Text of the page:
American intelligence agencies quietly stopped the warrantless collection of US phone location data last year, according to a letter from the Office of the Director of National Intelligence released today.
Last year, in a landmark decision, the Supreme Court ruled against authorities looking to search through electronic location data without a warrant. Citing the ruling, Sen. Ron Wyden (D-OR), a privacy hawk in Congress, wrote a letter to then-Director of National Intelligence Dan Coats asking how agencies like the National Security Agency would apply the court’s decision.
In a response to Wyden released today, a representative for the office said intelligence agencies have already stopped the practice of collecting US location data without a warrant. Previously, agencies collected that information through surveillance powers granted under the Patriot Act. But since the Supreme Court’s decision, the agencies have stopped the practice, and they now back up those searches through a warrant, under the legal standard of probable cause.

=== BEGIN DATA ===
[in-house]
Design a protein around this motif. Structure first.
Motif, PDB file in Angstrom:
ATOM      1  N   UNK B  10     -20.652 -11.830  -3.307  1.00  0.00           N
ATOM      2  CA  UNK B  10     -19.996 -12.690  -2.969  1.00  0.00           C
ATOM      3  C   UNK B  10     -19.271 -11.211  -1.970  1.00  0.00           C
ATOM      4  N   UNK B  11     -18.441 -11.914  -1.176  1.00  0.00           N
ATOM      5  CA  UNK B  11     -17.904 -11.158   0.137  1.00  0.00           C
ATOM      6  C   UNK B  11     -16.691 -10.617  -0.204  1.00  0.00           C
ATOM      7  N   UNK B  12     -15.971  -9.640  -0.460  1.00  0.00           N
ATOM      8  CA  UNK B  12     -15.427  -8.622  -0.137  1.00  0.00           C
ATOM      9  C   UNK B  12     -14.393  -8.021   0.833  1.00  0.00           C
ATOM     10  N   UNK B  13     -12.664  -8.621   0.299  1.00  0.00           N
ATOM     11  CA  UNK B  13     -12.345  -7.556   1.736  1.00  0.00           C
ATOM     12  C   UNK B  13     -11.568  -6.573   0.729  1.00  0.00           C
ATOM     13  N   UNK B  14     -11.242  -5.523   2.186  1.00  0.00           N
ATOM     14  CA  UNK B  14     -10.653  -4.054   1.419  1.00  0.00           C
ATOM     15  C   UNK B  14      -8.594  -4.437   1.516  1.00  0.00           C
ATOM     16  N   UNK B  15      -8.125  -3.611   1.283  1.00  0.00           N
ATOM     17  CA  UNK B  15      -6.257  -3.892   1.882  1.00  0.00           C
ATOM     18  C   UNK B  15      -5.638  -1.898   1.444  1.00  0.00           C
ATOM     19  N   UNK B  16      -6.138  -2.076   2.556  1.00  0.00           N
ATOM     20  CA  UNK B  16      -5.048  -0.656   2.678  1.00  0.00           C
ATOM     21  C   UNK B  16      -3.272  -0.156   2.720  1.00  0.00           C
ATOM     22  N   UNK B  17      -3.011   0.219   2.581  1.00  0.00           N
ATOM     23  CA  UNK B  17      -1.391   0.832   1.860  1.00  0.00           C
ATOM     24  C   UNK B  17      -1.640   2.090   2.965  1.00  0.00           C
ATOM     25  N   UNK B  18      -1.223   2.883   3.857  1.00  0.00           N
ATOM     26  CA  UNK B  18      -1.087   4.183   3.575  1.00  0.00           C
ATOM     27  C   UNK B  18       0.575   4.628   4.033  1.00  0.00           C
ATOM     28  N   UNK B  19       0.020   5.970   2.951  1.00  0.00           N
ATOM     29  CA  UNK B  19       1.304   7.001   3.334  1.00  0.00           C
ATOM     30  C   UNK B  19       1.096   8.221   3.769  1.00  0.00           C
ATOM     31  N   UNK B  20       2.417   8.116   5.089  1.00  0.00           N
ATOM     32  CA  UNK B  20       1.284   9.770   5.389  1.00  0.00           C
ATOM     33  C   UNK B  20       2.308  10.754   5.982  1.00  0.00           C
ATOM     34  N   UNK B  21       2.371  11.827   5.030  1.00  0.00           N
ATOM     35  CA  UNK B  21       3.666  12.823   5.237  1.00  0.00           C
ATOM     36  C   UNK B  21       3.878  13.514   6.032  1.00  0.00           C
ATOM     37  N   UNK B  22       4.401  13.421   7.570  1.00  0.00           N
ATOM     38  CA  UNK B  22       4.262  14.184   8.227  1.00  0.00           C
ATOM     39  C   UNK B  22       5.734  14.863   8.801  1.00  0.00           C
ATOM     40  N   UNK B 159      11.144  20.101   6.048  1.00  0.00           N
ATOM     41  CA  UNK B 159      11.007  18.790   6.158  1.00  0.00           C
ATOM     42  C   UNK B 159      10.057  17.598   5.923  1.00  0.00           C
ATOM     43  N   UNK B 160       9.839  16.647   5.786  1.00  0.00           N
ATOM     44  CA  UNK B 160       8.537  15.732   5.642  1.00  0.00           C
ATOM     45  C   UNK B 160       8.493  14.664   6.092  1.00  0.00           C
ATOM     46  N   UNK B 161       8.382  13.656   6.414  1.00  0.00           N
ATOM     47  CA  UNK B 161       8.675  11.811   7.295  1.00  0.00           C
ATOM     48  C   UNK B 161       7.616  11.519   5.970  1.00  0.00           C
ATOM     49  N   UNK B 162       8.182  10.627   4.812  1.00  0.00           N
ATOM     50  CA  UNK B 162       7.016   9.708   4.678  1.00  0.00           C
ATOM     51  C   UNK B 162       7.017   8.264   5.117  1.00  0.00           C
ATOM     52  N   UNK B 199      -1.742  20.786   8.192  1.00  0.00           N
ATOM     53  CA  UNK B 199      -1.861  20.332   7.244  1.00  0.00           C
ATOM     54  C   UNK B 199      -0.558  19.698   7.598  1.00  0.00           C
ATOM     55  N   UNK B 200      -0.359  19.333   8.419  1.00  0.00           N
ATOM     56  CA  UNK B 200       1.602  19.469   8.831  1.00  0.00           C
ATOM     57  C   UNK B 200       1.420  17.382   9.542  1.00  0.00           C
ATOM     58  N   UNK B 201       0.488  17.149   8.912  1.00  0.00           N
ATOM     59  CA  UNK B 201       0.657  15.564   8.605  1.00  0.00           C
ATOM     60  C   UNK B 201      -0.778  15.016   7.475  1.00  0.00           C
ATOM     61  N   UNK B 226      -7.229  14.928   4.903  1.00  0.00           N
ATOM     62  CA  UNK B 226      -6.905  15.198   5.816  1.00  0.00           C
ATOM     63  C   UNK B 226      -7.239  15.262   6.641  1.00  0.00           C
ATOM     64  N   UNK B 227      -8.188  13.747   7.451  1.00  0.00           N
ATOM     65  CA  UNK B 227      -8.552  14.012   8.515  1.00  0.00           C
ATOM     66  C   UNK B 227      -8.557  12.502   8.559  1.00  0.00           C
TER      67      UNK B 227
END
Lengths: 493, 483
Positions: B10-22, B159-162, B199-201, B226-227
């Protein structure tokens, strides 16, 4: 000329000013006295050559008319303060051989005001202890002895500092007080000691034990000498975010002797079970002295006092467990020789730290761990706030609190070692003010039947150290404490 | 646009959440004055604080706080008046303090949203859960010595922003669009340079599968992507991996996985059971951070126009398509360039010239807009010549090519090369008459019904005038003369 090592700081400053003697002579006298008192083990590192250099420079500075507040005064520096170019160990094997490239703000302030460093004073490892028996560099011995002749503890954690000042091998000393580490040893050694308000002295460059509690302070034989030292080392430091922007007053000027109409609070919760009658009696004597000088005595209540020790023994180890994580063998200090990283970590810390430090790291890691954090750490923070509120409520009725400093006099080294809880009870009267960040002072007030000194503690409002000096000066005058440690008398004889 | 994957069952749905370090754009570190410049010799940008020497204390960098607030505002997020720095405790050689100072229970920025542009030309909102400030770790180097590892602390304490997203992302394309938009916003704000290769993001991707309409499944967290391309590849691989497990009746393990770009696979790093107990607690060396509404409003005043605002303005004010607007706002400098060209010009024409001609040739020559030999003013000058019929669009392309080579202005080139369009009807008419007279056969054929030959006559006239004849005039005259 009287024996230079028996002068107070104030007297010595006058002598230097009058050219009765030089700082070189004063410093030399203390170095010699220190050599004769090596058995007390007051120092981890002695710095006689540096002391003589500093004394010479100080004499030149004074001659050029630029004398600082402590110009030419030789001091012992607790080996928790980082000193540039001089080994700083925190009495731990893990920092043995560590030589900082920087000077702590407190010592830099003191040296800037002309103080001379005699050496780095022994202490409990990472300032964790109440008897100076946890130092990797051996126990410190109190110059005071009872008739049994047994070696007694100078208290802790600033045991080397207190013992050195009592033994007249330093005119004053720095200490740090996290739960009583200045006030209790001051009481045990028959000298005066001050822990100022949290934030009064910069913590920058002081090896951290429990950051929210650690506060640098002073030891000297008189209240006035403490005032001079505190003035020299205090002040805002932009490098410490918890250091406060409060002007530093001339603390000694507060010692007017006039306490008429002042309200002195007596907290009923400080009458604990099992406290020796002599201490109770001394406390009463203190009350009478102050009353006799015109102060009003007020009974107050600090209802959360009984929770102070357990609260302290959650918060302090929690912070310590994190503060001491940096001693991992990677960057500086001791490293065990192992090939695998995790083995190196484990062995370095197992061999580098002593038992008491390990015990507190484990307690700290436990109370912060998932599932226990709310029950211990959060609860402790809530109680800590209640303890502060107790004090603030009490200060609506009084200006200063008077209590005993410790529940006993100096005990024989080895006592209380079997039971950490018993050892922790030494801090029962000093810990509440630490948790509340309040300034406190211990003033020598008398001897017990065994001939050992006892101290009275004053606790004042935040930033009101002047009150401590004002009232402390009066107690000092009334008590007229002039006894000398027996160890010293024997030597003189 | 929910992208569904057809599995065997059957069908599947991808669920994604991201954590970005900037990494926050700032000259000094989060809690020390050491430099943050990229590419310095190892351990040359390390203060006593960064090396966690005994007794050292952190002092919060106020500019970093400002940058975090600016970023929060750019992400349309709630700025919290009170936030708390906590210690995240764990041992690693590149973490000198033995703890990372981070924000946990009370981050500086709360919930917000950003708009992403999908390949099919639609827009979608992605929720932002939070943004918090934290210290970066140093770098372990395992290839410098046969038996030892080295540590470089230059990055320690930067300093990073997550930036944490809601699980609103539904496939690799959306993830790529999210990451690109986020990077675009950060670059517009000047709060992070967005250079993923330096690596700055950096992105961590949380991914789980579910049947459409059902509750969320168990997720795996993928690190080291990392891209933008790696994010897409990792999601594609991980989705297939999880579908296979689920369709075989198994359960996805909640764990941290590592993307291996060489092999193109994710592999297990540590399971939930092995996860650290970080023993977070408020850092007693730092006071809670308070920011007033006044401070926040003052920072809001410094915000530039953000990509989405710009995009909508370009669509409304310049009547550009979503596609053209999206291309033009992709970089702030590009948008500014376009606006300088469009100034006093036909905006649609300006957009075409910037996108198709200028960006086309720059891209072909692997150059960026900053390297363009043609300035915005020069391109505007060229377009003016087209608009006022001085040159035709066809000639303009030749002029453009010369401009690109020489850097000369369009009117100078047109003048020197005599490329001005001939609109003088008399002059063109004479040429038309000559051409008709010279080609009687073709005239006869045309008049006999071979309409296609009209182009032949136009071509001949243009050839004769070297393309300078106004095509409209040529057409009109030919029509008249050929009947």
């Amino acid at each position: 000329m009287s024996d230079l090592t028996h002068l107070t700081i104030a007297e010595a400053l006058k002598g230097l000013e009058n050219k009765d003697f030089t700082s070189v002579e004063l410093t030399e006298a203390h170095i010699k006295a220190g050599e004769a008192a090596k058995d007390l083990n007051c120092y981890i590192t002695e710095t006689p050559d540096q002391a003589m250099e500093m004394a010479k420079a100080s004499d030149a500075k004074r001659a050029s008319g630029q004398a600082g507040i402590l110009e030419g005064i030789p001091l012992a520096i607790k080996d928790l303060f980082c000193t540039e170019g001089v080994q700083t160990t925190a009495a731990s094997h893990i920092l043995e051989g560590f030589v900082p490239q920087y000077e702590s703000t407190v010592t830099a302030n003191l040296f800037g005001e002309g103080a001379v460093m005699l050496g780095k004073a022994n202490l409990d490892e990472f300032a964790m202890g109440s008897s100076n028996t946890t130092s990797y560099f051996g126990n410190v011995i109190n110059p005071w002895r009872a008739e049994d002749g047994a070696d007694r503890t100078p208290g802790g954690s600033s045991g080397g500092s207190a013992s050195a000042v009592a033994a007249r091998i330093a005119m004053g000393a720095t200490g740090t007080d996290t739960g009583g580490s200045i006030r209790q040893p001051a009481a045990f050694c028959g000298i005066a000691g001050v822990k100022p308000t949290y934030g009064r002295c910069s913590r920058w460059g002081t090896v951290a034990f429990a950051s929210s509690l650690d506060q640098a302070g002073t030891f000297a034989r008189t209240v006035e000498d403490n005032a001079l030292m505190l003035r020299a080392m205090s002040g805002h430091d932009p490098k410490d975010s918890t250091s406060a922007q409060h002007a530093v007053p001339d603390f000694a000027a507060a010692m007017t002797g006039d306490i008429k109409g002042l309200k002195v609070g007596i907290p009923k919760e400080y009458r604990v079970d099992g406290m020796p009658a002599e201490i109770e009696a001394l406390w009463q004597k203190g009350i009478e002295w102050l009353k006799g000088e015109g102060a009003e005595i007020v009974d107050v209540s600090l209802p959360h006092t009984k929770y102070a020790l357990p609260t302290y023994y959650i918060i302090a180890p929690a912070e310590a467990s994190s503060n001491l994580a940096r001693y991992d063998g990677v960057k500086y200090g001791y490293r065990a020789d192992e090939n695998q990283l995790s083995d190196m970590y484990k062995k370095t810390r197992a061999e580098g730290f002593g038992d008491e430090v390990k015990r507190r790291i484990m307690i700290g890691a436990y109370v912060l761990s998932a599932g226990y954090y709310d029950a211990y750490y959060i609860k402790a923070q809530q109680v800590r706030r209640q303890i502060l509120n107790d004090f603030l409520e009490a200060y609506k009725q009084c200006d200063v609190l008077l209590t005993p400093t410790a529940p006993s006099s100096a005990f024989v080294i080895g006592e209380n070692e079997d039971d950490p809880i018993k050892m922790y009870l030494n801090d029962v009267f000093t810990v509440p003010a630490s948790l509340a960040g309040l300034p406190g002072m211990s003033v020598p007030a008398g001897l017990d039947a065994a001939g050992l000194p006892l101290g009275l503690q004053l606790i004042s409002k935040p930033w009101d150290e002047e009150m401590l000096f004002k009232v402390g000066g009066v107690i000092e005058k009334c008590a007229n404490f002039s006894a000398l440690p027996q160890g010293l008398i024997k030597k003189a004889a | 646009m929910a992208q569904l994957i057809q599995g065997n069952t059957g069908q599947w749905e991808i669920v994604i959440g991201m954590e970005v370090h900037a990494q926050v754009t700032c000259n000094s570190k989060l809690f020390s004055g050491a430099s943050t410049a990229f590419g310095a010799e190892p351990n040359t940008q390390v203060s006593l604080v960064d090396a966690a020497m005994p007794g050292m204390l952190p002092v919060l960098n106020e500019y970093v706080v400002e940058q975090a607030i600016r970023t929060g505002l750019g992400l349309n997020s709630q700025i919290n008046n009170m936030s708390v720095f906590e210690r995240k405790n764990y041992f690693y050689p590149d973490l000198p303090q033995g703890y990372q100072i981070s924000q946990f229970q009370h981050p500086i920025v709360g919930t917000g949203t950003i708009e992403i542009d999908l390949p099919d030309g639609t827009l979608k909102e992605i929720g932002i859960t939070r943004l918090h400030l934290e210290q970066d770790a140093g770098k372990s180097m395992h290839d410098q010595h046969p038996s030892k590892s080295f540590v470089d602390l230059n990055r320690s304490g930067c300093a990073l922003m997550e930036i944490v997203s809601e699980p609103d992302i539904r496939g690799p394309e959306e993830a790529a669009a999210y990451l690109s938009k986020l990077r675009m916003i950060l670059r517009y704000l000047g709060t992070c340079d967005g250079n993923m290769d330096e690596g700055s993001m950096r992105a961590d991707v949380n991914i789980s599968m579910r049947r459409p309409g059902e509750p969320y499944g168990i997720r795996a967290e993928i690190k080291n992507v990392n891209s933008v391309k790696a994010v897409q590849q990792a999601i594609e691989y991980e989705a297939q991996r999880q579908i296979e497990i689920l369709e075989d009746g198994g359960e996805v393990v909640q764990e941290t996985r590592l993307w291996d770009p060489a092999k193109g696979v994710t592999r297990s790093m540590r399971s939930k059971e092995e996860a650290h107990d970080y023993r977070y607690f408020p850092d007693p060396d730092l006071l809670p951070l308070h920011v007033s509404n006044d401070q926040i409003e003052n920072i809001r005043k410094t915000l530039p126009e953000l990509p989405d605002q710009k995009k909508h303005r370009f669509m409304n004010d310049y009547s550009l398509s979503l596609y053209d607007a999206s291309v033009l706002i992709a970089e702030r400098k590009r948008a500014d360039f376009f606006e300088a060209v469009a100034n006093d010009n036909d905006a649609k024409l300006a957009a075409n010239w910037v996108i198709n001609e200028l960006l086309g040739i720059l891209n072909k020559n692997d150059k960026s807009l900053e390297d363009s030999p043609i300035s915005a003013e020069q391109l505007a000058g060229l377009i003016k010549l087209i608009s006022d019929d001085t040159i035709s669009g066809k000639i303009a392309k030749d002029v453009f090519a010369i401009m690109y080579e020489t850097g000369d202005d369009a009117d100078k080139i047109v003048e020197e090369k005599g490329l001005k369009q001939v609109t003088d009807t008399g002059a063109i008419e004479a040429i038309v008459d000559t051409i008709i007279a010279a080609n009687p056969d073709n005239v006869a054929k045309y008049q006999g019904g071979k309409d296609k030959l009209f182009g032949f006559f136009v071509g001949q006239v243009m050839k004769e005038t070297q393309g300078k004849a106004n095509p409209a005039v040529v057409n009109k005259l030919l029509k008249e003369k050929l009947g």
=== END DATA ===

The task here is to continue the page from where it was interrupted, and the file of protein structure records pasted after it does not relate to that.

In the letter to Wyden, the intelligence community official writes that the Supreme Court’s decision presented “significant constitutional and statutory issues,” but would not explicitly rule out using the tools in the future. The letter says that “neither the Department of Justice nor the Intelligence Community has reached a legal conclusion” on the matter.
Next month, provisions of the Patriot Act — specifically, Section 215 — are set to expire, raising questions about potential reforms. “Now that Congress is considering reauthorizing Section 215, it needs to write a prohibition on warrantless geolocation collection into black-letter law,” Wyden said in a statement. “As the past year has shown, Americans don’t need to choose between liberty and security — Congress should reform Section 215 to ensure we have both.”
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